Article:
I'd say he was reclining if only he weren't propping himself up on an elbow like that - into something that could almost be called ... uh ... well, sitting position. I mean, shouldn't someone who's reclining be more ... uh ... horizontal? What am I missing here?

Clasical reclining statue

  • 3
    I'd say he's lounging. – user85526 Nov 29 '15 at 7:36
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    Chillin', maybe. – Jason C Nov 30 '15 at 1:28
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    For those who are concerned about the removal of comments, I encourage you to review the FAQ regarding comments. There are also many Meta posts that explain why comments get deleted. – Kit Z. Fox Nov 30 '15 at 12:58

reclining is a general word that includes "recumbent", (according to OED, that is: to lean back or to lie down on one's back.) You may recline leaning:

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This reclining woman is recumbent.

  • flat on one side enter image description here This model is reclining but not recumbent
  • leaning back on the hands

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That is how Romans dined:

From seven to fifteen beds were arranged against the walls of the andron, the male dining room, each bed with its own little table and often a step stool. Rather than actually lying down, the men reclined on their left elbows and used their right hands to eat and drink. They propped themselves up quite high on pillows and kept their balance by bending their right knees and bracing them against the left (and probably by leaning against the wall, when necessary).

In the statue, the god Tiber is

"reclining on his right elbow",

and in his hands he is holding the cornucopia

The cornucopia became the attribute of several Greek and Roman deities, particularly those associated with the harvest, prosperity, or spiritual abundance, such as personifications of Earth (Gaia or Terra); the child Plutus, god of riches and son of the grain goddess Demeter; the nymph Maia; and Fortuna, the goddess of luck, who had the power to grant prosperity. In Roman Imperial cult, abstract Roman deities who fostered peace (pax Romana) and prosperity were also depicted with a cornucopia,...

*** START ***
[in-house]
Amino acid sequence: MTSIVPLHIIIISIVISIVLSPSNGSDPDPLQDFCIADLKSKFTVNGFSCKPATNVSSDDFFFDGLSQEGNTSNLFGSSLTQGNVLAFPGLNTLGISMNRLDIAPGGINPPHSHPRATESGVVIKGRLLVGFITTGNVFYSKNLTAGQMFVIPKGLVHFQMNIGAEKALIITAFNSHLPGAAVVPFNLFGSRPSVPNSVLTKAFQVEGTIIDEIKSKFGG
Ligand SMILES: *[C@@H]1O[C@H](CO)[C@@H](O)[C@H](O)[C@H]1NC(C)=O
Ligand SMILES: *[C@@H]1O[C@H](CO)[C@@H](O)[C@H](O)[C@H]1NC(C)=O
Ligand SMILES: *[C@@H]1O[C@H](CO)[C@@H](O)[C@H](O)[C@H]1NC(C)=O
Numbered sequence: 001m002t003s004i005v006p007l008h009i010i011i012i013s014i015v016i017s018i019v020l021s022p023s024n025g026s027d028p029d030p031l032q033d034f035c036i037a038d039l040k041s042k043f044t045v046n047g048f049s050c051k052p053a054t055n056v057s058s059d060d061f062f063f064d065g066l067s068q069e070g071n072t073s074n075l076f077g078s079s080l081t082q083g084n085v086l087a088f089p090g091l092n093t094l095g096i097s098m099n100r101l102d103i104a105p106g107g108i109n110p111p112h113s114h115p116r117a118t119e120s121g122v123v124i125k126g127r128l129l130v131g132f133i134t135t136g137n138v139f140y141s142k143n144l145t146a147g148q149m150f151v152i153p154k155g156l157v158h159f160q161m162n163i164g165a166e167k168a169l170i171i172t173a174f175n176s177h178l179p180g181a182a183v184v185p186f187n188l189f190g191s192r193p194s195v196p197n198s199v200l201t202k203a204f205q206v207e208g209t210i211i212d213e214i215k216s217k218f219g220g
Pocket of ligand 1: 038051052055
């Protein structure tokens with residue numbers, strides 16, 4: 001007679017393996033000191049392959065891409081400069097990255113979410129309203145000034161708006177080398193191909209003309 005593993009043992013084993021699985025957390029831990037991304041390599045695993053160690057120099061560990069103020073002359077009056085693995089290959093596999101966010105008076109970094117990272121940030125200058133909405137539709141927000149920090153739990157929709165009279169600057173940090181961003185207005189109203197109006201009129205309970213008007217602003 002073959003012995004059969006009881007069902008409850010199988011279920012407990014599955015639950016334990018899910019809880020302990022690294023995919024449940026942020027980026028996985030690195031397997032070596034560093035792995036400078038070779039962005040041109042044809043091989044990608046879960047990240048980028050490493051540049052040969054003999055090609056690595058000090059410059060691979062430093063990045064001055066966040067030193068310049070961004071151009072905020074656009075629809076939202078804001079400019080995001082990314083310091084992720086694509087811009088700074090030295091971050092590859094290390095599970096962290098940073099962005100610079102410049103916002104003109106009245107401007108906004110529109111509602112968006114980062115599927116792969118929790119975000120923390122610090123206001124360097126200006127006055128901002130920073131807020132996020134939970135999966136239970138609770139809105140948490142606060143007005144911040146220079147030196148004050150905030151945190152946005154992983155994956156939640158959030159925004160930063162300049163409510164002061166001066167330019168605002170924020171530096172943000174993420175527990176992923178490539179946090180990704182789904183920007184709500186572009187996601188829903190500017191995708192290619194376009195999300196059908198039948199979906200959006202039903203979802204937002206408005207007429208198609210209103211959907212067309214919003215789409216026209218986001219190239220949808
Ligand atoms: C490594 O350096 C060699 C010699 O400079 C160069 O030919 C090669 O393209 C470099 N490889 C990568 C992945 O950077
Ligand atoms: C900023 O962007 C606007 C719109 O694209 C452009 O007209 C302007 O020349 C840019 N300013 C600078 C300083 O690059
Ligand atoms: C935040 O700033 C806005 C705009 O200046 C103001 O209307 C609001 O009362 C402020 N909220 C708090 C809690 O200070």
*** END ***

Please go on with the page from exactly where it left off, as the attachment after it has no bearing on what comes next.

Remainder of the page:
• "He began to stuff his face as he reclined on his left elbow." Hmm. Let's make it work, then. – Ricky Nov 29 '15 at 10:00

It is described as a reclining statue which represents the river Tiber:

  • Reclining marble statues of the gods of the Tiber (left) and Nile (right) rivers (first/second century CE), combining features of the pair on the Capitoline Hill and two others then in the collections of the Vatican.

  • In the ancient world, rivers were sources of life-giving water; the practice of conceiving of rivers as divinities, taking on human form and worshipped as sacred, stretches far back into time.

  • This statue was displayed on the Capitoline Hill after 1517; Heemskerck’s drawings reveal that he had studied it in some detail. This sculpture was originally identified as the Tigris River, but was later reworked into the Tiber the addition of Romulus and Remus (likely between 1565-1568). Although Heemskerck includes the She-Wolf suckling the twin founders of Rome, as in the Vatican Tiber, his depiction lacks this statue’s oar, a symbol of navigation.

To recline:

  • To lean back or lie down on one's back.

I'd say a good candidate is recumbent. The Oxford English Dictionary has a definition:

Of posture: Reclining, leaning or lying.

  • 1
    Sort of an umbrella term, covering all possibilities. A loophole. Will do, I guess. Thank you. – Ricky Nov 29 '15 at 13:07
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    No umbrella, Ricky. recumbent is not the position of the statue, it's the position of someone lying, usually sleeping. Your reclining, even if not accurate, was more appropriate than this. – user92175 Nov 29 '15 at 13:58

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